August brings a new school year, new teachers, new grade levels, new administration, new curriculum, and new students. The first weeks are a rush of planning, prepping, and establishing rituals and routines. After being in school for a few weeks the dust begins to settle and schools settle in for the hard work ahead.
Walking into the classroom there are expectations set at every school for the way of work. Some schools call them “non-negotiables” while others discuss “culture and traditions”, but whatever they are called, they all set the standard teachers are expected to reach in their teaching.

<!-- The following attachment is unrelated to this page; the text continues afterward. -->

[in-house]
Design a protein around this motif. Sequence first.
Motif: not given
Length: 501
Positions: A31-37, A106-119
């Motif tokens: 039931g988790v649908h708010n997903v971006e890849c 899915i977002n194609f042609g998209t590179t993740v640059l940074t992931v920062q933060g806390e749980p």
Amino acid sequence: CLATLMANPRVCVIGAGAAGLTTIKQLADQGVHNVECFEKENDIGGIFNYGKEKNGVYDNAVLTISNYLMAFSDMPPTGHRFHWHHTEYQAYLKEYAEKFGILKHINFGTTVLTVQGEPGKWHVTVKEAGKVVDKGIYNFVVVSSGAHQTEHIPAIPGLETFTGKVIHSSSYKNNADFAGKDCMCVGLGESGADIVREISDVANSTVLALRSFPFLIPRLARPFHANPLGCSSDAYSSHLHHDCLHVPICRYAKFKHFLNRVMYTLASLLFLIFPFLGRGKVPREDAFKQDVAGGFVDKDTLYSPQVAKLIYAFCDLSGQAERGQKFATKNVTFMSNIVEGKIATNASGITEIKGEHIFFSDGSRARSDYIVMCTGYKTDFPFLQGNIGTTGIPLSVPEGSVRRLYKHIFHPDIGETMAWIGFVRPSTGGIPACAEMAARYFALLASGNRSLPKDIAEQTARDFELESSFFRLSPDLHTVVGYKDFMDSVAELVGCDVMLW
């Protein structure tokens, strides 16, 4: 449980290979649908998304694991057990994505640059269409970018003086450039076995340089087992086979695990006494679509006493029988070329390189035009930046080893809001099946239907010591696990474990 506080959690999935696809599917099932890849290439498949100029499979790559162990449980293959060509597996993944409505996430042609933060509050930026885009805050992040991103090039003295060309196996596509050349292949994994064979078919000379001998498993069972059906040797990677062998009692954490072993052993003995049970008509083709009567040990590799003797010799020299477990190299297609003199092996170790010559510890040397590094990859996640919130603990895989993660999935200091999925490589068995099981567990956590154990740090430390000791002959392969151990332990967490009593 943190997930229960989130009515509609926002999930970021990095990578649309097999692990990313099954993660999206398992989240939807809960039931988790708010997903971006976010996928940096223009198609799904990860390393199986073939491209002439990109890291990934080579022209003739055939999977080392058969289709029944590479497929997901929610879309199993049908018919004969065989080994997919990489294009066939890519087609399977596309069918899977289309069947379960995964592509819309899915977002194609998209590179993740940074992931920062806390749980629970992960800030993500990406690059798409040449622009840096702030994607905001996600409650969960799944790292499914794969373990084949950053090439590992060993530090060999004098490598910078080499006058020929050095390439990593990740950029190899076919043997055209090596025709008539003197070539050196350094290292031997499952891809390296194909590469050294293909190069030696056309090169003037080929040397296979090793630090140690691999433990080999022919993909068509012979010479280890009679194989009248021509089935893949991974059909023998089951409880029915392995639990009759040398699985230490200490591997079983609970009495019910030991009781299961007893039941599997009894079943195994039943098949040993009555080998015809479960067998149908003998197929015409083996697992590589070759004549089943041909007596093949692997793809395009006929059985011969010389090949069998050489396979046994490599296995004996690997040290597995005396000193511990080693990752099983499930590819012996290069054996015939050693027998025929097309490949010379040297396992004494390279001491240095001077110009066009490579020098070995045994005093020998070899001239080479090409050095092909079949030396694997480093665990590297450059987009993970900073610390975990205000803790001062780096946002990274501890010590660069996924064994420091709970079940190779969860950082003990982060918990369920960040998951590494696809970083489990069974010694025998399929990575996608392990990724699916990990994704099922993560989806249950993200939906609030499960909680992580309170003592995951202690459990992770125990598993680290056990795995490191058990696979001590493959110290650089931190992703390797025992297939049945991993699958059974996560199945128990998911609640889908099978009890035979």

Some of these expectations are easy to reach: bulletin boards done a certain way, standards posted in a consistent format, even walking in the hall with students. Simple compliance to the expectation is easily attainable.
Competency, however, is more difficult. For instance, just the compliance of posting standards for the students is easy. Understanding the standard and designing an engaging lesson for students requires a level of competency that requires deeper work from the teacher. When establishing rituals and routines at the beginning of the year, teachers are asked to record, or chart, the student thinking. This important groundwork sets the stage for how the classroom will run for the rest of the year.
Understanding why these lessons are important will help take the level of teaching from simply complying with expectations to a deeper competency, benefiting both the teacher and students in the long run. In the end, isn’t that what’s really important?